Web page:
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Re: Set A = {a, b, c} and has a median of b. Is the average of a and c gre  [#permalink]

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New post 10 Aug 2018, 12:31
Mo2men wrote:
PKN wrote:
Bunuel wrote:
Set A = {a, b, c} and has a median of b. Is the average of a and c greater than b?

(1) The average of Set A is b
.

(2) c = 2a


Given A = {a, b, c} and has a median of b, implies that the elements of set A are either in the ascending order or in the descending order.
And 'b' is the median.

Question stem:- Is the average of a and c greater than b
Or, Is \(\frac{a+c}{2}>b\) ?
Or, Is \((a+c)>2b\) ?

St1:- The average of Set A is b
Note:-
1)The average value of a series of terms is equal to the median value when the terms are in A.P.(Arithmetic progression).
2) When all the terms in a series are equal, they are also in A.P. with common difference zero.
So, a, b, and c are in A.P.
Or, c+a=2b.

Answer to the question stem is No.
Sufficient.

St2:- c = 2a

1) If A={4,5,8}, then (a+c)>2b. Answer to question stem is Yes.
2) If A={4,7,8}, then (a+c)<2b. Answer to question stem is No.

Insufficient.

Ans. (A)


Hi PKN

I do not agree with the highlighted part above. Take the example below:

7,7,10,12,16..............Median= Mean=10..........it is not AP.


My point is when the series is in AP , then mean=median. But vice-versa is not true.
_________________
Regards,

PKN

Rise above the storm, you will find the sunshine
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Re: Set A = {a, b, c} and has a median of b. Is the average of a and c gre  [#permalink]

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New post 10 Aug 2018, 13:14
PKN wrote:
Mo2men wrote:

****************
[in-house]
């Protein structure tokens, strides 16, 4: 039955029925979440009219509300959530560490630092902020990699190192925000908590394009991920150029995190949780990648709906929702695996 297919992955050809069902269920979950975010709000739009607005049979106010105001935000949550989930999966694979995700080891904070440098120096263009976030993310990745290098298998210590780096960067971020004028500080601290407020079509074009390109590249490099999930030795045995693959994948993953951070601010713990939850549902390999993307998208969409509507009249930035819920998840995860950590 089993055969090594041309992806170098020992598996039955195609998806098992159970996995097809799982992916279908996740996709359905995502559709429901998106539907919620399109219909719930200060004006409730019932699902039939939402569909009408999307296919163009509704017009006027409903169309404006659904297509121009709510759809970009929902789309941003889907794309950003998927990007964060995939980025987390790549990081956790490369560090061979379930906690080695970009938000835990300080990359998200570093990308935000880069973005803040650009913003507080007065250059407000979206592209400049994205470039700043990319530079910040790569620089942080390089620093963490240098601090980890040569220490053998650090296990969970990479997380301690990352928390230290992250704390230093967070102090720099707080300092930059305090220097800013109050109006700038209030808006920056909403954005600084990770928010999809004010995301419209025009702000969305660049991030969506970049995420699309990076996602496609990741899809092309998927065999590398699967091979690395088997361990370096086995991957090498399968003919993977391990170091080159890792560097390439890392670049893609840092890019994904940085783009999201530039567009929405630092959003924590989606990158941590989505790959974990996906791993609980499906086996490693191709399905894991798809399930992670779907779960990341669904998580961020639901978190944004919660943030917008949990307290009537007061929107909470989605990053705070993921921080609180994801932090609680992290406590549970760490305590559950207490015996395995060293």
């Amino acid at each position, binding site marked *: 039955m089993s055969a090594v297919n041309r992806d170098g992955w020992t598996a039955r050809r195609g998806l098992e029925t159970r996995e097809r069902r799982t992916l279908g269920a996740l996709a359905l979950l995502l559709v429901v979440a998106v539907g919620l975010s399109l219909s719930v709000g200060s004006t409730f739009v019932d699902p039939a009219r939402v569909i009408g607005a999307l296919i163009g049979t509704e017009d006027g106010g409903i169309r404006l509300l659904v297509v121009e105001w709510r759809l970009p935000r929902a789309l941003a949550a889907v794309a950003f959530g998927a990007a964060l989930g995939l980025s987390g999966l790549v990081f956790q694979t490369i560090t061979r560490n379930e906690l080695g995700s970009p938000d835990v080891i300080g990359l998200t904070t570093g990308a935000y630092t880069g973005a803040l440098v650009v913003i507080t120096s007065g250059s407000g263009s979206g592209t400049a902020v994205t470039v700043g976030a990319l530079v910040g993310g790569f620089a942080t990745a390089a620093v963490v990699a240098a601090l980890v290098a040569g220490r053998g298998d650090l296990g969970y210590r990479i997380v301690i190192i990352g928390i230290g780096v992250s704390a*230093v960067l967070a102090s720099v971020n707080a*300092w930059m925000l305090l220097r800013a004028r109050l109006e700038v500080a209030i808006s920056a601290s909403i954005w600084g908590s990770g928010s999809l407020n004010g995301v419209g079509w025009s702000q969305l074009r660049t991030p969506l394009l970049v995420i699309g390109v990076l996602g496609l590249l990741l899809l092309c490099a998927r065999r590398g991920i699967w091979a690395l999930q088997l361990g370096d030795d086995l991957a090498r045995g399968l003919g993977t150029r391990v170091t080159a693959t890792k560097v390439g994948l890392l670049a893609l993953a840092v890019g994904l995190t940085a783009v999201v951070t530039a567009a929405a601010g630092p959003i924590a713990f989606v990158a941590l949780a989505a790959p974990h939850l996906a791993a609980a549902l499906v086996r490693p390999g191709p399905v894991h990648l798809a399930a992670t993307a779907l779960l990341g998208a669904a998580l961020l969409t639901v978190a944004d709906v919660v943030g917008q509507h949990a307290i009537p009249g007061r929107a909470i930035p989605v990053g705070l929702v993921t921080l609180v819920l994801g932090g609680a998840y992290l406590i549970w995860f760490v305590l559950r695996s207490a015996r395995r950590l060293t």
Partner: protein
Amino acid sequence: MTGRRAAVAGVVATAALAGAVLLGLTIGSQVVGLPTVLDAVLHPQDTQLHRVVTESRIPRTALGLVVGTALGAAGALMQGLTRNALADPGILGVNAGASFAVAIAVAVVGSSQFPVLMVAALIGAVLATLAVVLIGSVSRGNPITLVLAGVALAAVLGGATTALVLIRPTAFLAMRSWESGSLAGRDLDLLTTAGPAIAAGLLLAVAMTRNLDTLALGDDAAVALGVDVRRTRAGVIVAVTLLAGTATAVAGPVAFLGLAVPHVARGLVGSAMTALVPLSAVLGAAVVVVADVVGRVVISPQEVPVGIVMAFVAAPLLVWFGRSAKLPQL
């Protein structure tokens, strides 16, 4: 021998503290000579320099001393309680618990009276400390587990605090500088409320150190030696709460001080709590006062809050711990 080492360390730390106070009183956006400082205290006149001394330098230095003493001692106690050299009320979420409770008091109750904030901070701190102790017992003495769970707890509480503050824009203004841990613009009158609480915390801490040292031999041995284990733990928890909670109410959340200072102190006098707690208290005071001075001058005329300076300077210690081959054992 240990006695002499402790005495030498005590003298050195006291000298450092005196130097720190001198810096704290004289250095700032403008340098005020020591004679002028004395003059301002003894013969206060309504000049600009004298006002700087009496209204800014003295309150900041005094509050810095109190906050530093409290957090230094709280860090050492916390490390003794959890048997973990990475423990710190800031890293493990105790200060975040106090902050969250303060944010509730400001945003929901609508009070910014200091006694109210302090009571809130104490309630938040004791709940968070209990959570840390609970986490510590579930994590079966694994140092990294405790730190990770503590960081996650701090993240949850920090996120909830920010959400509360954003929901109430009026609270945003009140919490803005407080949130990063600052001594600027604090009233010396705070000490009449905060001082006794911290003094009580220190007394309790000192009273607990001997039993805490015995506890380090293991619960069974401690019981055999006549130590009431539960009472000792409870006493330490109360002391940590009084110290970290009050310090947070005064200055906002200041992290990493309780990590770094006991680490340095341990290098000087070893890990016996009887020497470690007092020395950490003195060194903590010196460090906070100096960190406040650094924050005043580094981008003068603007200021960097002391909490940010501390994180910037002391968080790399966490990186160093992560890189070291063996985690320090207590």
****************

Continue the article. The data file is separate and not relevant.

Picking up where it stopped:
Hi PKN

I do not agree with the highlighted part above. Take the example below:

7,7,10,12,16..............Median= Mean=10..........it is not AP.


My point is when the series is in AP , then mean=median. But vice-versa is not true.


Actually, there is one exception to the highlighted part. When you have a set of 3 numbers only (as in the question) and mean equal to Median, then you conclude directly that it is AP. If the set has more than 3 numbers, then it true that it is not vice verse.
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Re: Set A = {a, b, c} and has a median of b. Is the average of a and c gre  [#permalink]

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New post 10 Aug 2018, 13:20
Mo2men wrote:
PKN wrote:
Mo2men wrote:

Hi PKN

I do not agree with the highlighted part above. Take the example below:

7,7,10,12,16..............Median= Mean=10..........it is not AP.


My point is when the series is in AP , then mean=median. But vice-versa is not true.


Actually, there is one exception to the highlighted part. When you have a set of 3 numbers only (as in the question) and mean equal to Median, then you conclude directly that it is AP. If the set has more than 3 numbers, then it true that it is not vice verse.


Thank you. I am aware of the exception. ☺️
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Regards,

PKN

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Re: Set A = {a, b, c} and has a median of b. Is the average of a and c gre   [#permalink] 10 Aug 2018, 13:20